German company Crytek, developer of the Farcry and Crysis series’, says it may have to move its operations out of the country due to efforts by German politicians to ban the production and sale of violent video games. The company has a second office in Budapest, and Crytek president Cevat Yerli has previously raised the possibility of relocating all of their operations there if German censorship of violent games becomes too restrictive. As a precaution, Crytek has reportedly already shifted the development of their forthcoming Far Cry 2: Mutilated Chunks of Innocent People You’ve Brutally Killed for Absolutely No Reason Splattering Everywhere Special Collector’s Edition to their Budapest office. Crytek is a fine developer, and the Crysis series has received well-earned acclaim from gamers despite the handicap of requiring the National Nuclear Security Administration’s supercomputer at Los Alamos to run at full settings, so I wish them the best.
Blizzard has announced that the long-awaited Starcraft II: Wings of Liberty will be released in the first half of 2010. Blizzard says that they need the time in order to get their online service Battle.net upgraded. While they’re at it, perhaps they could also take a few moments to give the game a better subtitle. Wings of Liberty isn’t a name that says “thrilling saga of epic battles across space for the future of the galaxy,” it’s a name that says “feminine hygiene product for the busy modern woman on the go.”
It’s since been taken down for reasons unknown, but someone on Ebay was trying to sell an Xbox 360 that was supposedly signed by former Alaska Governor Sarah Palin for the low, low price of 1.1 million dollars. Can someone explain to me what the point of having something like this could possibly be? If you like a politician enough to want their autograph, you would think you’d want it on election campaign materials, or something related to their political philosophy, or perhaps, you know, some other object that is at least in some vague way actually connected to them. Consumer electronics don’t really fit the bill. On the other hand, my copy of Frank Sinatra: Live at the Meadowlands signed by Jimmy Carter and the late Ayatollah Khomeini is one of my most prized possessions, so perhaps I shouldn’t judge.
Friday, August 7, 2009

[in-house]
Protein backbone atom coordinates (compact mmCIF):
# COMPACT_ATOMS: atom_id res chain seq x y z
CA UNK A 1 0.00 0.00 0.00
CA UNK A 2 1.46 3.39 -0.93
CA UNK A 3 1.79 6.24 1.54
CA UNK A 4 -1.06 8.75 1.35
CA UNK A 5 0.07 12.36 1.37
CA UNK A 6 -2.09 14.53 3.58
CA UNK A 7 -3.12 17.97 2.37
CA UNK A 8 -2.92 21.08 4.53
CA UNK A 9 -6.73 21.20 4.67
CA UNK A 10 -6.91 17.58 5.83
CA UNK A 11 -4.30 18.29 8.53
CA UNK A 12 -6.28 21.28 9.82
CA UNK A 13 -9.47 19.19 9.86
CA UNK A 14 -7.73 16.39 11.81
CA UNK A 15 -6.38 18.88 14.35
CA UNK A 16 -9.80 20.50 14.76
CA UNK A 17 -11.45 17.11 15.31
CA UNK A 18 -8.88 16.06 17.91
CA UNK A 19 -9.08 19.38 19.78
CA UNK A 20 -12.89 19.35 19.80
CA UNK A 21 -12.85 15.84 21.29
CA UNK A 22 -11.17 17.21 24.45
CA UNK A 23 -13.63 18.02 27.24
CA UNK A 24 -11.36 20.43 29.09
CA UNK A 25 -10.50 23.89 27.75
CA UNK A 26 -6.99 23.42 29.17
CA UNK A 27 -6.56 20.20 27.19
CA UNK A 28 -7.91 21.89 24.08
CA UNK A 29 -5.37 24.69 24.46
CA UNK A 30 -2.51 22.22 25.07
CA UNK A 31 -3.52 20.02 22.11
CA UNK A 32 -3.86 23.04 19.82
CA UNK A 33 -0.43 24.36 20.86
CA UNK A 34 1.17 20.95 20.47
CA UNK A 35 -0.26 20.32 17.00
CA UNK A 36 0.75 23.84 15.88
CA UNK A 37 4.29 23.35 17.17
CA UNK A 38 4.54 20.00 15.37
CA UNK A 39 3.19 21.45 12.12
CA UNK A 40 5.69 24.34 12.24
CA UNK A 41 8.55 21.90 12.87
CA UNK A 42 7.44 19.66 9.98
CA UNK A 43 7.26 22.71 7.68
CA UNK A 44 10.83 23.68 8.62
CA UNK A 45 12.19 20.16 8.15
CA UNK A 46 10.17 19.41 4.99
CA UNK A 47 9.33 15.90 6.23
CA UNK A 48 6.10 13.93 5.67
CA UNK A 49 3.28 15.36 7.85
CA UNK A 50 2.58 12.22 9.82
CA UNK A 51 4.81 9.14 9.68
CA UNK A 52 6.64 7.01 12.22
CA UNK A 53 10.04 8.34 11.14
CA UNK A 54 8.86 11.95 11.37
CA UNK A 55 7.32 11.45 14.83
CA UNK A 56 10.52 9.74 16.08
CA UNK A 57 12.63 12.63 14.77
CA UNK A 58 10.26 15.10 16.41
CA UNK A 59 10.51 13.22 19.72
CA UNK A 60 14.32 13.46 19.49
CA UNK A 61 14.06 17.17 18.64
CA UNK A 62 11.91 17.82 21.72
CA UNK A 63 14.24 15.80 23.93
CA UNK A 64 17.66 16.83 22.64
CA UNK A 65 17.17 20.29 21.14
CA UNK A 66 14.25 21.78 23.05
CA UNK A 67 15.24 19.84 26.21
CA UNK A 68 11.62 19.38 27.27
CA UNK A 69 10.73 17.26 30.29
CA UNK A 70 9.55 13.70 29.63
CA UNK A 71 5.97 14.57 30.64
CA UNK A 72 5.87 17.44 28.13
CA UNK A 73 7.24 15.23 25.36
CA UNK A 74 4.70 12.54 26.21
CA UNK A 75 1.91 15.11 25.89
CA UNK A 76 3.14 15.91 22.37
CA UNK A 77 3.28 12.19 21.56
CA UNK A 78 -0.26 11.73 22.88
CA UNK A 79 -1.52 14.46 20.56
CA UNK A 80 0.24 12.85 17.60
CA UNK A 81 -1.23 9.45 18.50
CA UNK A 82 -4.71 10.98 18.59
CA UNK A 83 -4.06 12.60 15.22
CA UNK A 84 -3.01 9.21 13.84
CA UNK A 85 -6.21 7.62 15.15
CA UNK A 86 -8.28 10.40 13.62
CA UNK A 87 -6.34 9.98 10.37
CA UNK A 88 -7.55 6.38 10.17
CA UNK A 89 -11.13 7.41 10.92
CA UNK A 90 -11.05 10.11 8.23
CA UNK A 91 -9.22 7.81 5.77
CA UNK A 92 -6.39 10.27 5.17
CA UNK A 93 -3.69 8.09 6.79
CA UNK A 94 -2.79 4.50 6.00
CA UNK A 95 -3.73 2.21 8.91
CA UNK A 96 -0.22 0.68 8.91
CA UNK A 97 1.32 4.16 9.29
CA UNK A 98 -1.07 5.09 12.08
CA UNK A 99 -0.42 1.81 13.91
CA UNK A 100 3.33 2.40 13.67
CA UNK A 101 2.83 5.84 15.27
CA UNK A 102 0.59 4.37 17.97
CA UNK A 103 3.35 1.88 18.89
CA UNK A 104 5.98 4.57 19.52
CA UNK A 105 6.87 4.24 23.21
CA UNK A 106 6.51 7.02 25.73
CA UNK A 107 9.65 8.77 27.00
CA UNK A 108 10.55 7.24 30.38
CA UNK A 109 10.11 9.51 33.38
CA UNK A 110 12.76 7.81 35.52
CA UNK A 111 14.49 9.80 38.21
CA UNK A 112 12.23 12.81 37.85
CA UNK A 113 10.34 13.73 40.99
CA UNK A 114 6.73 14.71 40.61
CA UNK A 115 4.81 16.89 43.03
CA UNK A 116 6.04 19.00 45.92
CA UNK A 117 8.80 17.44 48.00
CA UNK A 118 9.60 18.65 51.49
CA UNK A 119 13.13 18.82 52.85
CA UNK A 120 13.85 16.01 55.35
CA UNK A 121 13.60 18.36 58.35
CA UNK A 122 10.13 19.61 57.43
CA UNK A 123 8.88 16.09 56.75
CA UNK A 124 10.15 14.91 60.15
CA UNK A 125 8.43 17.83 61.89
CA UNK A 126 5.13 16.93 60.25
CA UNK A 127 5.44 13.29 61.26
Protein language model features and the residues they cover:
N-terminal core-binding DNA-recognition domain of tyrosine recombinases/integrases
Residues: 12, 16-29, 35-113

Square Enix will be releasing a game called The Four Warriors of Light: A Final Fantasy Anecdote in Japan on October 29 for the Nintendo DS.
I don’t know Japanese, so the game’s official site is impenetrable to me. However, inside sources report that The Four Warriors of Light: A Final Fantasy Anecdote explores a heretofore neglected aspect of Final Fantasy, telling the epic saga of how the heroes of Final Fantasy VII became increasingly desperate for ways to kill time on their many long, tedious airship journeys across the world as they fought to save the planet from Sephiroth. As our heroes struggle to come up with some topic of discussion that hasn’t already been beaten to death in order to ward off boredom during yet another interminable 13-hour flight from the Chocobo Farm to the Gold Saucer, each of them tells the tale of some minor and usually pointless incident from their past.
Players will thrill to Cid Highwind’s seemingly endless stories of times he was an asshole for no reason, hear Tifa’s tragic tale of being bullied in 2nd grade because of her overbite-correcting orthodontic headgear, and get another chilling look into Cloud Strife’s troubled past as he reveals the time the ball return machine got jammed during league play while he was working at his part-time summer job at Nibelheim Lanes Bowling Alley and Children’s Fun Zone. In the stunning climax, Barrett shows everyone his old vacation slides of his trip to Costa del Sol and spends the entire length of an epic 20-minute cut scene ranting about his hotel’s shoddy room service and unreasonably expensive mini-bar.
Admittedly, it’s also possible that “anecdote” is just an awkward translation of “gaiden.” I still think this idea is better.
Saturday, August 1, 2009
Electronic Arts canceled a promotion at Comic Con for its forthcoming game Dante’s Inferno in which convention goers were called on to “commit an act of lust” with one of the EA booth babes and post a photo on Twitter. EA apologized after news of the promotion sparked protests, saying that all members of their marketing department will henceforth be required to watch a special educational film, the award-winning Short, High-Voiced Animate Objects: A Human Gender or Some Sort of Fancy Mobile Furniture?
As a replacement, EA attempted a new promotion based on Dante’s vision of sin and damnation in which fans were encouraged to “commit an act of usury” at the convention, with prizes for whoever was most successful in convincing the EA booth babes to take out interest-bearing loans. Participation was later reported to be disappointing, though EA says it is still considering a “commit an act of betrayal against a master or benefactor” promotion for Dante’s Inferno II.
(Found via: Game Politics)
Tuesday, July 28, 2009